The 7 Best Portable Solar Panels of 2021

Harness the sun’s energy while you travel.

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Whether you’re planning a road trip, sailing adventure, beach getaway, or camping trip, keeping electronics charged up in remote areas can be challenging. Solar energy is an excellent, eco-friendly option for staying powered up on the go, but traditional panels are bulky and designed to stay fixed in one place. However, a large number of portable solar panels are now available that are lightweight, powerful, and built to withstand the elements. They’re also compact enough that you can keep them stored away for use in the event of an emergency power outage.

We’ve sorted through a variety of products to find the best portable solar panels.

The Rundown
A versatile, sturdy, and efficient panel at a moderate price.
An excellent alternative to mounting panels on the roof of the RV.
A full charging station by a trusted manufacturer.
A lightweight and powerful panel at an affordable price point.
With an IP67 waterproof rating, these panels are made for active adventures outdoors.
Weighing just over a pound, the Sunjack is ideal for charging smaller devices.
A simple, yet sturdy design that gets the job done and is built to last.

Best Overall: Renogy 100 Watt 12 Volt Monocrystalline Off Grid Portable Foldable Solar Panel

Renogy 100 Watt 12 Volt Monocrystalline Off Grid Portable Foldable Solar Panel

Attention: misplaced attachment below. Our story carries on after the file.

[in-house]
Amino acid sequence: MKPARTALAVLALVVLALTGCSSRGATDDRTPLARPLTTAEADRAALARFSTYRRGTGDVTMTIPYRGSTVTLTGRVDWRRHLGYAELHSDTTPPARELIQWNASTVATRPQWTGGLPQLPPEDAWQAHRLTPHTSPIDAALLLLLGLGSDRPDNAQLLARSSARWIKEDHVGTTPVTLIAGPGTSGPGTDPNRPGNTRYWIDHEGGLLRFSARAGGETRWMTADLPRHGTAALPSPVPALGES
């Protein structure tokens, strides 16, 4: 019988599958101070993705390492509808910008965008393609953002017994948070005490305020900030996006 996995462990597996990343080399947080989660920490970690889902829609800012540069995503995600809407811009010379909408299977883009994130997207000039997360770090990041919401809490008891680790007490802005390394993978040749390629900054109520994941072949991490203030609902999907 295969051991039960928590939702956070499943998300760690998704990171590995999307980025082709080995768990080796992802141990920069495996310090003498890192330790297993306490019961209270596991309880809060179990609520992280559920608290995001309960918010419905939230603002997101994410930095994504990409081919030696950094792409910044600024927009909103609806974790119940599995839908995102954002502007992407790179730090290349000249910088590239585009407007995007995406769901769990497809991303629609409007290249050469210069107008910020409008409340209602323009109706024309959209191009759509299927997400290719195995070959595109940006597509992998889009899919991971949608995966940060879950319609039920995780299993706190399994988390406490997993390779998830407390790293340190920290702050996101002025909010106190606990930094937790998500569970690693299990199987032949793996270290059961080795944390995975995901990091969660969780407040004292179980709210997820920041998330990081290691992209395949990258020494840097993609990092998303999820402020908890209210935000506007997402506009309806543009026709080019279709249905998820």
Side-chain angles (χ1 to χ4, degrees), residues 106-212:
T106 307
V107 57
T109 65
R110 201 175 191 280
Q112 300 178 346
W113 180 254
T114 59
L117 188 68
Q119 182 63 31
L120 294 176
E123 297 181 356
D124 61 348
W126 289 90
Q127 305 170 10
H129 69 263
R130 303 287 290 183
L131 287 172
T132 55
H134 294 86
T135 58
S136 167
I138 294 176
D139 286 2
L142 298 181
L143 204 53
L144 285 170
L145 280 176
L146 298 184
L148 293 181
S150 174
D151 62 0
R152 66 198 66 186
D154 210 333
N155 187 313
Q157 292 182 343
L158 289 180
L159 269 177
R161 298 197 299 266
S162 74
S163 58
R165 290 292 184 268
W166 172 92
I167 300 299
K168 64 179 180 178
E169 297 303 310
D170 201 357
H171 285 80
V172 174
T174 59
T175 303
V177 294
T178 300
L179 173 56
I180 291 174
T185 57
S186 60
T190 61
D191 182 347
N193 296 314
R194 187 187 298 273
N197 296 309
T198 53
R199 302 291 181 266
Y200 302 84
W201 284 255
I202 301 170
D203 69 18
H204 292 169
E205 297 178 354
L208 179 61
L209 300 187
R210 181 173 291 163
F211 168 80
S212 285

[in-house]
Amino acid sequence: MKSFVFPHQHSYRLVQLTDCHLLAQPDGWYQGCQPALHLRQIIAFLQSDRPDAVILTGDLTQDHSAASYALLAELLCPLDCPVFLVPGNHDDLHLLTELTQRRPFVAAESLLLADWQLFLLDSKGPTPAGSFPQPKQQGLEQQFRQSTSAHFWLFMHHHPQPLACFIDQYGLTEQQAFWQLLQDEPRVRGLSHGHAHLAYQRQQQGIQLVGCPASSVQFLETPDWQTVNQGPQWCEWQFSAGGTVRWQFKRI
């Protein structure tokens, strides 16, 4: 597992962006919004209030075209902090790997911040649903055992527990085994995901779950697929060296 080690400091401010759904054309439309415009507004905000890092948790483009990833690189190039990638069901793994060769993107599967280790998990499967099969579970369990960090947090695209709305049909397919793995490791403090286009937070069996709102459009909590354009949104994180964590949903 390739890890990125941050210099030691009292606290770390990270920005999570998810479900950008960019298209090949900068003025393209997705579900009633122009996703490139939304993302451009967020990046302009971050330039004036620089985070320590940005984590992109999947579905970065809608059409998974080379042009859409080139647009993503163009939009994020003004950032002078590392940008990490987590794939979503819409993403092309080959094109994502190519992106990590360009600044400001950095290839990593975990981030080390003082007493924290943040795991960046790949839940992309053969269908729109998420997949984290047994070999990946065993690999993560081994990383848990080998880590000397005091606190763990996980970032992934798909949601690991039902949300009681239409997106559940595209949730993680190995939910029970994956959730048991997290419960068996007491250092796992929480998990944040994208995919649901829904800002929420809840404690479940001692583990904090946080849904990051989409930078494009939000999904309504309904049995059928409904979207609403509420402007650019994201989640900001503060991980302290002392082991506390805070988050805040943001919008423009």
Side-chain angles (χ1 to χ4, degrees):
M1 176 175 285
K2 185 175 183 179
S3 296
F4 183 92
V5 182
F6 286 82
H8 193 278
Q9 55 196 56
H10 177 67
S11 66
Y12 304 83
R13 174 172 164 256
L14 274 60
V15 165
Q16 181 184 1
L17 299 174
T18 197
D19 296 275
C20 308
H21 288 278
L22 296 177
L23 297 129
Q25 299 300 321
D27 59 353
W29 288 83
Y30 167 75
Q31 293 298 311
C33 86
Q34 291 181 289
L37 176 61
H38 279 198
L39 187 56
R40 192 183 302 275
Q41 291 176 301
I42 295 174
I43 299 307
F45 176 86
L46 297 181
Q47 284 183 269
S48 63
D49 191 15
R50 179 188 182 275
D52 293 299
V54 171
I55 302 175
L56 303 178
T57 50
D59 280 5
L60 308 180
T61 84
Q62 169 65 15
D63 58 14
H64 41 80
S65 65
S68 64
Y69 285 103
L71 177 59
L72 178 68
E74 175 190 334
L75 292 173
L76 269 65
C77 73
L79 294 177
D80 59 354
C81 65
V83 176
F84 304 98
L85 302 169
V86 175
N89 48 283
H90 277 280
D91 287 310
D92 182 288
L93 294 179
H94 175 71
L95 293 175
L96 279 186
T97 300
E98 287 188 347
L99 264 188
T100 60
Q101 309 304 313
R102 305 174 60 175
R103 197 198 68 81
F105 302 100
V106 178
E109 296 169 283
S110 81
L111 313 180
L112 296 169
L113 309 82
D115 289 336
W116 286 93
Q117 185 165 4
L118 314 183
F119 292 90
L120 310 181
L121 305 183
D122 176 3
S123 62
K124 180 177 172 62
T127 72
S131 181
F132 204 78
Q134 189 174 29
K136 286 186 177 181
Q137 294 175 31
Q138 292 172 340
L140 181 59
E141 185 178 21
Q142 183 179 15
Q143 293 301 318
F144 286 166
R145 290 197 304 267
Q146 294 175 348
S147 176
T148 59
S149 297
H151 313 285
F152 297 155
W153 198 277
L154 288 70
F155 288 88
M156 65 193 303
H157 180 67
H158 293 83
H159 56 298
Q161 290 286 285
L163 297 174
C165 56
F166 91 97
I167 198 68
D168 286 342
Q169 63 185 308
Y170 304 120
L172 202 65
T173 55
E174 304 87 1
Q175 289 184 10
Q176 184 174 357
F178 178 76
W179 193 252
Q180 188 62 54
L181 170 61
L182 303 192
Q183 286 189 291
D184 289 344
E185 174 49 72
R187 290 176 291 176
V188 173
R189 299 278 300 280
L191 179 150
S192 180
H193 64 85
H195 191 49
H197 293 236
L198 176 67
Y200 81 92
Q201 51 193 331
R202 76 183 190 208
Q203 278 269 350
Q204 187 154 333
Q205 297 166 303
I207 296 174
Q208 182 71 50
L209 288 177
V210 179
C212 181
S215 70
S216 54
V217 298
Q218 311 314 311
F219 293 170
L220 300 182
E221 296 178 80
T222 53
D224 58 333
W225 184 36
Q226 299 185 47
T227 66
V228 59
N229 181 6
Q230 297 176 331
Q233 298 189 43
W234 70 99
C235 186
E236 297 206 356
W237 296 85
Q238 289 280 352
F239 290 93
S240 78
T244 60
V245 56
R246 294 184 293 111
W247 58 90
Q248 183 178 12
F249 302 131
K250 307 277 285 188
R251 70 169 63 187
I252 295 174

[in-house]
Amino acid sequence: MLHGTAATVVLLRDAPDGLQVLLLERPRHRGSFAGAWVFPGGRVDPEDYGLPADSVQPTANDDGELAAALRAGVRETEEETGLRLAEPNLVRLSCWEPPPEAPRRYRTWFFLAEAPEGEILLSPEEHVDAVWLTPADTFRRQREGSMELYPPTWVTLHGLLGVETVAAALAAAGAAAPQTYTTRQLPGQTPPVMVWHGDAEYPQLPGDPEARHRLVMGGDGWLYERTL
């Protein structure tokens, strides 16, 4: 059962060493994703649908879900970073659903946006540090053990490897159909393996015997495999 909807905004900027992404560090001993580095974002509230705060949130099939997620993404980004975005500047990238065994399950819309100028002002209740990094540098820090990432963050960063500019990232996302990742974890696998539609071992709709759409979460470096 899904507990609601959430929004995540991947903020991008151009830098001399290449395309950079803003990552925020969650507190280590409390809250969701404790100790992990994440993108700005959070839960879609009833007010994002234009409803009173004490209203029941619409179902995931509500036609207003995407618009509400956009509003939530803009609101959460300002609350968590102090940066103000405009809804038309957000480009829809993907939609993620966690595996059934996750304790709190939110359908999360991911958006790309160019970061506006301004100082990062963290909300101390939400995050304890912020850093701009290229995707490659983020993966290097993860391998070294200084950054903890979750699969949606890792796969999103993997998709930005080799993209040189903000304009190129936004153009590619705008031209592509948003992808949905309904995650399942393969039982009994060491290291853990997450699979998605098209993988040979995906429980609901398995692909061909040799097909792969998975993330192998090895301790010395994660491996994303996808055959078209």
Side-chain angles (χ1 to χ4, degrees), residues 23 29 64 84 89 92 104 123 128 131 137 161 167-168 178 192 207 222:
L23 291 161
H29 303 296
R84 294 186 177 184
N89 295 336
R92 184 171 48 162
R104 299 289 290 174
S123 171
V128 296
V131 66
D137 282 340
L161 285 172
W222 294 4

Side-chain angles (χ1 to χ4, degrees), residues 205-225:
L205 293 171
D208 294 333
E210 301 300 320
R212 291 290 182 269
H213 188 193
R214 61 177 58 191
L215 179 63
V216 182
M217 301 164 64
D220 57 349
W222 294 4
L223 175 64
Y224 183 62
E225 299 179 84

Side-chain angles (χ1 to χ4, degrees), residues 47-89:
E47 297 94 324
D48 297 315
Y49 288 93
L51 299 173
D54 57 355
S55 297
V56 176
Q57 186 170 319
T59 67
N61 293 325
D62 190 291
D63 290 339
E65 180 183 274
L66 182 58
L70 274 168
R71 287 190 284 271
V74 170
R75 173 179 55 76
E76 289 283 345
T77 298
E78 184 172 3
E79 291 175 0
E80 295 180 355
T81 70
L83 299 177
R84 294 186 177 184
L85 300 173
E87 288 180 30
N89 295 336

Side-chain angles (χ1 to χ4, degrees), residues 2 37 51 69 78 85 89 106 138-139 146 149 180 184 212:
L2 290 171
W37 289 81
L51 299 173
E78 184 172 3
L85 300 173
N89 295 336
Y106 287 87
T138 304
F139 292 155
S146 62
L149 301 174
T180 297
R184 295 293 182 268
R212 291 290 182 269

For a portable panel that’s ideal for van life and recharging RV or boat batteries, the Renogy folding 100-watt panel is built to withstand the elements. Measuring 40 inches long x 27 inches wide (when open), the panel is extremely efficient—even in low-light areas or cloudy days. The unit includes a corrosion-resistant aluminum stand and a rugged protective case with heavy-duty handles and latches.

The Renogy panel can be purchased with or without the solar controller and can be combined with a power station for the full off-grid package. The panel weighs just under 27 pounds.

Best for RVs: Go Power! GP-PSK-130 130W Portable Folding Solar Kit with 10 Amp Solar Controller

Go Power! GP-PSK-130 130W Portable Folding Solar Kit with 10 Amp Solar Controller

Weighing 28.66 pounds, the Go Power! GP-PSK- 130 is one of the heavier options out there, but it’s a great match for RVers who require a little extra off-grid power to top off batteries (or if an RV park bills for electricity separately). The 130-watt panel delivers an impressive 6.9 amps per hour, has a built-in solar controller with a digital screen to monitor input and transmit power, plus adapter cables to connect to a battery.

The self-standing panels can easily fold in two and fit into the included case for easy storage—making them a great alternative to mounting to the roof.

Best Solar Kit with Battery: Jackery 1000W Peak Solar Generator SG550 with 100W Solar Panel

Jackery 400-Watt Peak Output Solar Generator SG290

If you’re interested in a solar panel for traveling but also require a battery charge station, Jackery Power Outdoors is a leader in off-grid power supplies. The Solar Generator SG550 comes with a whopping 100-watt panel that folds shut and can easily be toted away using the carry handle.